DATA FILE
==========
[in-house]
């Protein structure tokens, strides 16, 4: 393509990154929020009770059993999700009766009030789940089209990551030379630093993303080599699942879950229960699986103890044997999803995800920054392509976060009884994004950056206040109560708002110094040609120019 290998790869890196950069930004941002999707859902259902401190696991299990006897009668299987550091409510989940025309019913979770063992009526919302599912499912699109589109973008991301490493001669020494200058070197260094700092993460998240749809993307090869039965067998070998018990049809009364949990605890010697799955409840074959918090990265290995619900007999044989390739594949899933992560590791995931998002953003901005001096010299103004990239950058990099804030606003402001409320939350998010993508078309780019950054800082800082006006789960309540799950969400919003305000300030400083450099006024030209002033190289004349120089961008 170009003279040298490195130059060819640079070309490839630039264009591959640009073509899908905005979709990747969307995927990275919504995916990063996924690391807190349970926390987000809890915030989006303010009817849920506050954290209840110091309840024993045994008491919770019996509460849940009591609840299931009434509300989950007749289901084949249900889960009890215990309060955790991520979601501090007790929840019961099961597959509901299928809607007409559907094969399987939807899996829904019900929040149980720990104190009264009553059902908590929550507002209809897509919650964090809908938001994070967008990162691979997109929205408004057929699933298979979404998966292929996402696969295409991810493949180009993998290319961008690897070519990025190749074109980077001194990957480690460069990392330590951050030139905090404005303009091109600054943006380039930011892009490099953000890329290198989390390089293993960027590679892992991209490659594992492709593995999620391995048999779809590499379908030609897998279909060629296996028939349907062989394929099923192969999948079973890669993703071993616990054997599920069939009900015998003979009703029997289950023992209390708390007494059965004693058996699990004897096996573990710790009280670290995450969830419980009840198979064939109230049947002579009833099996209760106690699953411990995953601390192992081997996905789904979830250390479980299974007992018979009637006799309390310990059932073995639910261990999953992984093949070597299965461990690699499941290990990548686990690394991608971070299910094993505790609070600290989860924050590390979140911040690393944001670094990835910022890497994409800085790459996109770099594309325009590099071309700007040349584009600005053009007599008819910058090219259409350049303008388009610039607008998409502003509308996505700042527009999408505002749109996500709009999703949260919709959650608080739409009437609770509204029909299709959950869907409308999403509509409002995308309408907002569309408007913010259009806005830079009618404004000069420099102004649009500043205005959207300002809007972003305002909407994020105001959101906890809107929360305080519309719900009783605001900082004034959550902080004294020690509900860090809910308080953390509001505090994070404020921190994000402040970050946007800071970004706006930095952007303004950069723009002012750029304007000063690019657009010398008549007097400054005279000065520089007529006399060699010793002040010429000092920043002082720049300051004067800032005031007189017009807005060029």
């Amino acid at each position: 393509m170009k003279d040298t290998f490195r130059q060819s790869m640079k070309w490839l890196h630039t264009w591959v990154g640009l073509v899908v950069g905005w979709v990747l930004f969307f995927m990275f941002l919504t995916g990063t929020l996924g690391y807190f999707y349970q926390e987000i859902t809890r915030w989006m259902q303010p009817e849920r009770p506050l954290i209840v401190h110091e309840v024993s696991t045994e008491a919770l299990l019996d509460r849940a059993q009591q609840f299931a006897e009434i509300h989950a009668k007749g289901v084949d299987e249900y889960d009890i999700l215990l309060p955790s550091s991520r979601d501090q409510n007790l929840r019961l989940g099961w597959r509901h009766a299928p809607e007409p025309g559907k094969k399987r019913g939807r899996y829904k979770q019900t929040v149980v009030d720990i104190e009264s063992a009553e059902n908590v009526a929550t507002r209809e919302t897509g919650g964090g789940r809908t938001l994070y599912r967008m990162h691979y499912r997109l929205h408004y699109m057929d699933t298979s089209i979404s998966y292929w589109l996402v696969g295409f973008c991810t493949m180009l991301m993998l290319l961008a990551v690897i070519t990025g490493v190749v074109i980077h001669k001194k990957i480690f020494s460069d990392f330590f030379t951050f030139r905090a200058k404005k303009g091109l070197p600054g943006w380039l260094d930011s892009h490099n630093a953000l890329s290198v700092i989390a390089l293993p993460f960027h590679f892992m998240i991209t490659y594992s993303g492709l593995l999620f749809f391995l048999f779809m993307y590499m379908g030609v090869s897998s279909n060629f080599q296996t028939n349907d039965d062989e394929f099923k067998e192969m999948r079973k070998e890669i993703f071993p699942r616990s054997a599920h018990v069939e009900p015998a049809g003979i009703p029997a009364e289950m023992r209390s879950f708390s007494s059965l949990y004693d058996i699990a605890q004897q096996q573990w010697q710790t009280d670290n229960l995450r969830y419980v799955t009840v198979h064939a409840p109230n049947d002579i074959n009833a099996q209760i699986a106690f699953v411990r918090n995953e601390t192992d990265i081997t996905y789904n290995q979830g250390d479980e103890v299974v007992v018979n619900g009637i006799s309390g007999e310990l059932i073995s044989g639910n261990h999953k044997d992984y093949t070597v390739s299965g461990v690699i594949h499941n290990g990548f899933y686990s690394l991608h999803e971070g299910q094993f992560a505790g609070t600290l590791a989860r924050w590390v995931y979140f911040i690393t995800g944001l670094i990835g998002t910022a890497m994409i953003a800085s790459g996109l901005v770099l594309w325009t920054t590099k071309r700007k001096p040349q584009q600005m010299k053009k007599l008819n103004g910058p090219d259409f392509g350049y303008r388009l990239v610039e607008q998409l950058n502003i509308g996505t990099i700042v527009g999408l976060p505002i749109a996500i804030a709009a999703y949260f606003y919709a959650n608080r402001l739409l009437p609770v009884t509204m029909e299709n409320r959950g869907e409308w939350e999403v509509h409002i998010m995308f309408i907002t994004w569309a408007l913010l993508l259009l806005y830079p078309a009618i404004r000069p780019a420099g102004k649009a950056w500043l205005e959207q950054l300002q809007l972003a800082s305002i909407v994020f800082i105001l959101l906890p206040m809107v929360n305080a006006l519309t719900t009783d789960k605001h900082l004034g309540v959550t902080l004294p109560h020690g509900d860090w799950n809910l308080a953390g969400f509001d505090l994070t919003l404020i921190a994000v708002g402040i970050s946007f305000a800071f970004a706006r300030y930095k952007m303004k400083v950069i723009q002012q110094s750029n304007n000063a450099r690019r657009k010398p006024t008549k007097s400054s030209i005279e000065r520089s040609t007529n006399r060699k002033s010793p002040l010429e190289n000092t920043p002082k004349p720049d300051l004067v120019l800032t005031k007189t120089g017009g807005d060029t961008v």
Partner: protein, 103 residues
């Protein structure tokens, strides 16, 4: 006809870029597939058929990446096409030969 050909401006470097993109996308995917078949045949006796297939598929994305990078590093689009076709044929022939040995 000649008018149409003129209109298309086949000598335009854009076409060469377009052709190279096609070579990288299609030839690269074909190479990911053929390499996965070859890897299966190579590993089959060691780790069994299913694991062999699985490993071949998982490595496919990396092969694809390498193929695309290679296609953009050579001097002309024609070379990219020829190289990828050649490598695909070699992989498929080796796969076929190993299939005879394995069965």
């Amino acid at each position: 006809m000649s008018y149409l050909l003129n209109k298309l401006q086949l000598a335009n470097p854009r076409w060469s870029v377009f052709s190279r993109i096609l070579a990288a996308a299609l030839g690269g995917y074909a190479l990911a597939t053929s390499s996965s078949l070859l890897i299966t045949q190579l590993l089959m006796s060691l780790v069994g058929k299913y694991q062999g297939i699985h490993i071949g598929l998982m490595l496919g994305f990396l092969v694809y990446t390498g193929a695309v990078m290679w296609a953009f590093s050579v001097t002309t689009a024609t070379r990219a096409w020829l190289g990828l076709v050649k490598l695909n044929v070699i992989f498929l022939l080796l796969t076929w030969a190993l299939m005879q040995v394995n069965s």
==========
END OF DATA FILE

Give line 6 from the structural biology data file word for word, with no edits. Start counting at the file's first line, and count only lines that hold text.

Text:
């Amino acid at each position: 006809m000649s008018y149409l050909l003129n209109k298309l401006q086949l000598a335009n470097p854009r076409w060469s870029v377009f052709s190279r993109i096609l070579a990288a996308a299609l030839g690269g995917y074909a190479l990911a597939t053929s390499s996965s078949l070859l890897i299966t045949q190579l590993l089959m006796s060691l780790v069994g058929k299913y694991q062999g297939i699985h490993i071949g598929l998982m490595l496919g994305f990396l092969v694809y990446t390498g193929a695309v990078m290679w296609a953009f590093s050579v001097t002309t689009a024609t070379r990219a096409w020829l190289g990828l076709v050649k490598l695909n044929v070699i992989f498929l022939l080796l796969t076929w030969a190993l299939m005879q040995v394995n069965s």